If this one sucks, go blame Sarah. Her post on Monday about applying for an Assistant Manager job at a grocery store sparked this. And if it doesn’t suck, you should totally go visit her site cuz she seems cool as fuck.
I’m rather an odd duck for someone in my generation, not just because I really am an odd duck, but because I’ve known pretty well exactly what I wanted to do as a grown up from about the time I was old enough to understand what teachers do.
I have always wanted to be a teacher, always. ALWAYS.
My sister and I would play school. If she didn’t want to play with me, my stuffed animals became my students. I started planning my college career early, much to the dismay of my business-minded grandfather. He wanted me to follow in his footsteps which would have involved taking Spanish in high school and then lots of business courses and getting a management degree so that I could make embarrassing amounts of money and not just keep up with the Jones’, but make them jealous.
And all of that sounded like a whole lot of soul-sucking, living dead kind of shit to me.
Part of what I should explain is that money has never meant a damn thing to me. I like it when I have enough to pay the necessary bills, put some food on the table, and a little left to do a few fun things now and then. But my clothes aren’t name brand, my cars aren’t brand new, I go to a great hair dresser who works in a very plain jane salon and doesn’t charge a fortune for my totally easy cut and color, and I haven’t taken a full on vacation in over two years. I don’t care about those things. And I never have. Here’s the thing –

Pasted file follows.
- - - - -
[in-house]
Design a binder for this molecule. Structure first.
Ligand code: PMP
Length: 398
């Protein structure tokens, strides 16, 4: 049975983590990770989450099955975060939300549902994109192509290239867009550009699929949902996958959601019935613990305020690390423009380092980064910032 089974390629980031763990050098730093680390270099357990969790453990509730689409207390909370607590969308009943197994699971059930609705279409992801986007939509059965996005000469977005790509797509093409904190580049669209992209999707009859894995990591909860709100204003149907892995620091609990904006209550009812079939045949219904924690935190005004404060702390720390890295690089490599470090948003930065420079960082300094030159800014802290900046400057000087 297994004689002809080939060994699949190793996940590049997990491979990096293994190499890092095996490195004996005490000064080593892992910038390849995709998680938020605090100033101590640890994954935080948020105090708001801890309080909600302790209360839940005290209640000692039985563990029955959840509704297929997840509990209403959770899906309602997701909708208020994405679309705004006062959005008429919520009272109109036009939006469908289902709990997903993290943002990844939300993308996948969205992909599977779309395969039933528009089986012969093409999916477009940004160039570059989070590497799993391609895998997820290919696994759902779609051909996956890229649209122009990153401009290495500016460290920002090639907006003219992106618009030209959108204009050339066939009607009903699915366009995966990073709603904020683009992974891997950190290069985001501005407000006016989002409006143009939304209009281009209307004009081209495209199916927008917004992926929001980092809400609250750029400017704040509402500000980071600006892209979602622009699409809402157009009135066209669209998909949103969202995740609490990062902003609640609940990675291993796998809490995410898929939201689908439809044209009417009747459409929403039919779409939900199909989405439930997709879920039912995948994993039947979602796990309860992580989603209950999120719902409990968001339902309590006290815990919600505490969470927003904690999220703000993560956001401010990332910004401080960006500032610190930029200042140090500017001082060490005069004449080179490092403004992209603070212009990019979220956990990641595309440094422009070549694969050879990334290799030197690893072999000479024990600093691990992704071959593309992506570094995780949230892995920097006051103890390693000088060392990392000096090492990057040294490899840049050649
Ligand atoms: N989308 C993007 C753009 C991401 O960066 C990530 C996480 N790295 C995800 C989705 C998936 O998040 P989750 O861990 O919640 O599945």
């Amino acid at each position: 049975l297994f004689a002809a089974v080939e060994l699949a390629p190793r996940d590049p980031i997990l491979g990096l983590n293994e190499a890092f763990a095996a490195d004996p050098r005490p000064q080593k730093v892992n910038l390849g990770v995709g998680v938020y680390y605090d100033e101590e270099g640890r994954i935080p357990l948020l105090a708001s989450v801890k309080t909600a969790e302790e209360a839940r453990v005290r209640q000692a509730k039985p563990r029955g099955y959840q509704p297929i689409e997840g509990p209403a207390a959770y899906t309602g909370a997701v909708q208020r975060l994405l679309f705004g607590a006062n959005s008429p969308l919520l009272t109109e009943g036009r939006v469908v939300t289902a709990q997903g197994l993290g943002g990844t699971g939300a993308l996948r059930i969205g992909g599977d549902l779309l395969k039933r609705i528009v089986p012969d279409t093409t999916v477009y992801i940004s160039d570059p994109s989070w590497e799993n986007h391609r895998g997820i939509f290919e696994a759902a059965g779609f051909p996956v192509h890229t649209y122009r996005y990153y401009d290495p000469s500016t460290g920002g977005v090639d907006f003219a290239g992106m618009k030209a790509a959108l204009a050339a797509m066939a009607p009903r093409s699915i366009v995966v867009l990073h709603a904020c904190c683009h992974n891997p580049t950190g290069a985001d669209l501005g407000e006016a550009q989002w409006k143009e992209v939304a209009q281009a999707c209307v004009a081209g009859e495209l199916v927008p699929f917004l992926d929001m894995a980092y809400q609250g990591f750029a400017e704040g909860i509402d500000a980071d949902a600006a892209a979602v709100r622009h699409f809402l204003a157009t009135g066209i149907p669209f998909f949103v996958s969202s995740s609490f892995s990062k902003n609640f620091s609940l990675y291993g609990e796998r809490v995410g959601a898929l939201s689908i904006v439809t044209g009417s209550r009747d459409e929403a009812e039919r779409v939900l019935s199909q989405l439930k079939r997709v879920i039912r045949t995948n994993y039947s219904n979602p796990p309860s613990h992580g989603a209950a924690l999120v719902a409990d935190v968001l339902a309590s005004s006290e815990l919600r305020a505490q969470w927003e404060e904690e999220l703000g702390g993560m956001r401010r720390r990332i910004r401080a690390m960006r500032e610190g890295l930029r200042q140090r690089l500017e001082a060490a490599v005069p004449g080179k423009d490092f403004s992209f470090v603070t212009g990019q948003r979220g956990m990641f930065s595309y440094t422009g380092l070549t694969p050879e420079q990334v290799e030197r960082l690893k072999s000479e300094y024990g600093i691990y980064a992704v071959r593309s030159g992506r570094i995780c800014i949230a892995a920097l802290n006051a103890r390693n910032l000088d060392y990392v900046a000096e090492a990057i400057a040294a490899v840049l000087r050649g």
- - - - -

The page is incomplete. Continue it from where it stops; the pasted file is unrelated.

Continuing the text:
Money isn’t the yard stick by which I measure my happiness.
For me, it’s more important to work at a job that I (usually) love, with people I like and respect, doing something I believe in. I rarely work more than 40 hours a week, they pay for 15 hours worth of tuition per year for me, at best I work 2 nights and maybe 2 Saturdays in an entire year. I can wear jeans or shorts when I don’t have scheduled consults. My boss doesn’t care that a few of my tattoos show. My mom loves me so ridiculously unconditionally. My nieces are the cutest kids ever and sometimes we can pull off taking a picnic lunch during the week in the summer. My best friend would drop everything and drive up here if I needed her. And my husband is a decent human being who loves me a whole fucking lot.
And by that yard stick, I’m happier – and RICHER – than a body has a right to be.
I worked a corporate gig for awhile where I made better money. It was hourly and there was often overtime. It was way more structured and management treated us like cattle. I hated it, every gawddamn minute of it.
You don’t get rich working in education, even in higher education. I’ve got one graduate degree and I’m working on a second. I make way less money than you’d suspect, but it doesn’t bother me. My mental health is mostly stable and I know that if the stress of the job gets to be too much, I can talk to my boss about that honestly and openly without fear of losing this job. That to me means more than damn near anything.
Having a mental illness and finding somewhere that you can continue to stay in the workforce AND be happy isn’t easy. I got lucky, really fucking lucky. No one judges me here and no one makes me feel uncomfortable about being different, not in the slightest.
How do you put a price on that?
I have not spouted all of this garbage to say that we should all eat Ramen, wear second hand clothes, and roll pennies for gas all the time. Some people are WAY more ambitious and career-oriented than I’ll ever be – and that’s awesome. If that is your yard stick, and it truly does make you happy, then I wish nothing but happiness for you.
All I would invite you to do – and I would invite everyone to do this – is look at your life and think about what bits bring you joy and what bits bring you misery. Then do everything in your power to increase your joy and minimize your misery.